Mikhailovsky Castle, St. Petersburg

The I St. Petersburg International Legal Forum was hosted at the Mikhailovsky Castle (also known as the Engineer's Castle), one of St. Petersburg's most striking and interesting venue, steeped in legend and mystery.

The palace was designed and built by Carlo Rossi (1775-1849) — a brilliant architect who created the largest Empire’s architectural ensembles completing the building-up of the central part of St. Petersburg in the 1810s-20s.

The city complex with the Mikhailovsky Palace in the centre is a pearl among other creations of the great architect. The master managed to reach the harmony between the palace building and the landscape and architecture surrounding. The fundamental reshaping of the vast territory, that was only partly built up by wooden greenhouses of the Third Summer Garden near the St. Michael's Castle, allowed Rossi to lay the Mikhailovskaya street and to connect the square in front of the Mikhailovsky Palace with the central artery of the city — the Nevsky Prospect. Thus a spectacular view of the main palace façade with a well-shaped elegant eight-columned Corinthian portico was opened.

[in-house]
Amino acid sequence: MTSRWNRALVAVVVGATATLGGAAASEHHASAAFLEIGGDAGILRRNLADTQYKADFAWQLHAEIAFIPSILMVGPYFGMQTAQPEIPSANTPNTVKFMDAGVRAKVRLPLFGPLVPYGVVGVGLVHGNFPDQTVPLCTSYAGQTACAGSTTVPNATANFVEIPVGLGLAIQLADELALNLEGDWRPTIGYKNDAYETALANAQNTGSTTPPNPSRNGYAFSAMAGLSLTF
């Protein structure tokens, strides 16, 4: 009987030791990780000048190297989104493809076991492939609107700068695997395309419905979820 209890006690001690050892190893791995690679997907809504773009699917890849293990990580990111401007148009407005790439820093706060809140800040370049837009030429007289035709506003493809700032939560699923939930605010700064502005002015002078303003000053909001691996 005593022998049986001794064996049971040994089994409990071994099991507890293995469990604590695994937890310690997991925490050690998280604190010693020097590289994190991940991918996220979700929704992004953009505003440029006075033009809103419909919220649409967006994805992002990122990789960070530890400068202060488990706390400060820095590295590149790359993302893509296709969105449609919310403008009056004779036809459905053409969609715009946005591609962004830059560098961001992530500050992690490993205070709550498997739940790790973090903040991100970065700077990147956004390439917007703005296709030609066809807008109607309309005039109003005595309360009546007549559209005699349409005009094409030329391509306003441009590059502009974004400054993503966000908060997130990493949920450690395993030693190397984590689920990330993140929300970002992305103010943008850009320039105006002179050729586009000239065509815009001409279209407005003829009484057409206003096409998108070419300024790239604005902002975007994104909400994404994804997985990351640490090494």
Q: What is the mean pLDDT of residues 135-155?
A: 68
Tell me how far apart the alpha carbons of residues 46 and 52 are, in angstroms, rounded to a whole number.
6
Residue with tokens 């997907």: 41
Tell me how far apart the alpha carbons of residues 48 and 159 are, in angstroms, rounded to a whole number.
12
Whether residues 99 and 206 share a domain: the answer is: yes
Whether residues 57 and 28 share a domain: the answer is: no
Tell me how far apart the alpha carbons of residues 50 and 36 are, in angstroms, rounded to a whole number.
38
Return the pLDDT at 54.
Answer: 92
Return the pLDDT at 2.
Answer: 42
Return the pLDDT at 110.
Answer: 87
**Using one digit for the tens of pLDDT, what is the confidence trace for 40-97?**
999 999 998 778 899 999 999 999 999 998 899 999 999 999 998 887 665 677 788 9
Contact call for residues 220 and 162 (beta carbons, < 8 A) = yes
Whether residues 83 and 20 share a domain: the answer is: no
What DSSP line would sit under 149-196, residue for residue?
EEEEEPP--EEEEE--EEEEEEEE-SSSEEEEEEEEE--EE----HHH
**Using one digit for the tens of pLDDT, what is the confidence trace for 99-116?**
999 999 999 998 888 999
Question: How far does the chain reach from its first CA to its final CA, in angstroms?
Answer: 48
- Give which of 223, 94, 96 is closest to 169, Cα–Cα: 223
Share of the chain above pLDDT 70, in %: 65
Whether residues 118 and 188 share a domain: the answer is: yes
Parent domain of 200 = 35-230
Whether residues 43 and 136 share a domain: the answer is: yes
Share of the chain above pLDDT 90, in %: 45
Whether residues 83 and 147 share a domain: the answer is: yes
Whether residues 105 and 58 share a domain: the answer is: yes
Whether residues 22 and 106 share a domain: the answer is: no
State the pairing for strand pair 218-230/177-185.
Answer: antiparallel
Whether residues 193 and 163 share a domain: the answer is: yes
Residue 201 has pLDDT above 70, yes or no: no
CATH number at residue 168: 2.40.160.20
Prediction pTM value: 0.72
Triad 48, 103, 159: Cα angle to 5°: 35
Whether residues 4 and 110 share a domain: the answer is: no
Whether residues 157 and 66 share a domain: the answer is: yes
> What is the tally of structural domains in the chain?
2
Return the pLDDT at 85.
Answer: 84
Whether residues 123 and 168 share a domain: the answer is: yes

The opposite façade that overlooks the Mikhailovsky Garden is less known though it is not any less beautiful. It unites a parade solemnity of the palace and chamber park construction, harmonious proportion of all parts and magnificent as well as a little bit heavy monumentality all of which reminds us of Carlo Rossi's teacher — the architect Vincenzo Brenna who built the St. Michael's Castle.

The sculptural, figurative, plastic, carved and other kind of décor were created by prominent sculptors Vasily Demut-Malinovsky and Stepan Pimenov, painters Pietro and Giovanni Batista Scotti, Antonio Vigi, Barnaba Medici, Fyodor Brullo, masters of plastic Nikita and Sergei Sayegin, carvers Vasily Zakharov and Vasily Bobkov, famous craftsmen Tarasovs (carvers, parquet masters, woodmen), and many others.